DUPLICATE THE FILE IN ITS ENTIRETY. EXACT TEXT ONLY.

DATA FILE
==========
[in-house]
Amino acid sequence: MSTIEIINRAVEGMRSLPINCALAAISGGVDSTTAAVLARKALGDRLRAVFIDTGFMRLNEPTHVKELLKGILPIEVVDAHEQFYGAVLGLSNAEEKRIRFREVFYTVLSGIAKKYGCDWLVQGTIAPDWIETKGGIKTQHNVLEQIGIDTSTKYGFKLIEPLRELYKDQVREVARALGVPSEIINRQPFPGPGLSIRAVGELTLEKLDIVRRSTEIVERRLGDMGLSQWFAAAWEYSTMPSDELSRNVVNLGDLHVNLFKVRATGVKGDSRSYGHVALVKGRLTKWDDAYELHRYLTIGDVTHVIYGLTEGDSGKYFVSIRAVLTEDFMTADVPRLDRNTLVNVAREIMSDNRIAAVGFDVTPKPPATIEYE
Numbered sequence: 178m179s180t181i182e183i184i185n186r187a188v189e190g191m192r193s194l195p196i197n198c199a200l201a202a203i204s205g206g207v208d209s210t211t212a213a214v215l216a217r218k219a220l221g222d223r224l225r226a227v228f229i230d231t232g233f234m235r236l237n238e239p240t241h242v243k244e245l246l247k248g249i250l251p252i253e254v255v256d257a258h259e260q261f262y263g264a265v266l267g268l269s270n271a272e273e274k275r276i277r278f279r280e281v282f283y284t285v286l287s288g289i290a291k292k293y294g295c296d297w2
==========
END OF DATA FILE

[in-house]
Amino acid sequence: MSTIEIINRAVEGMRSLPINCALAAISGGVDSTTAAVLARKALGDRLRAVFIDTGFMRLNEPTHVKELLKGILPIEVVDAHEQFYGAVLGLSNAEEKRIRFREVFYTVLSGIAKKYGCDWLVQGTIAPDWIETKGGIKTQHNVLEQIGIDTSTKYGFKLIEPLRELYKDQVREVARALGVPSEIINRQPFPGPGLSIRAVGELTLEKLDIVRRSTEIVERRLGDMGLSQWFAAAWEYSTMPSDELSRNVVNLGDLHVNLFKVRATGVKGDSRSYGHVALVKGRLTKWDDAYELHRYLTIGDVTHVIYGLTEGDSGKYFVSIRAVLTEDFMTADVPRLDRNTLVNVAREIMSDNRIAAVGFDVTPKPPATIEYE
Numbered sequence: 178m179s180t181i182e183i184i185n186r187a188v189e190g191m192r193s194l195p196i197n198c199a200l201a202a203i204s205g206g207v208d209s210t211t212a213a214v215l216a217r218k219a220l221g222d223r224l225r226a227v228f229i230d231t232g233f234m235r236l237n238e239p240t241h242v243k244e245l246l247k248g249i250l251p252i253e254v255v256d257a258h259e260q261f262y263g264a265v266l267g268l269s270n271a272e273e274k275r276i277r278f279r280e281v282f283y284t285v286l287s288g289i290a291k292k293y294g295c296d297w2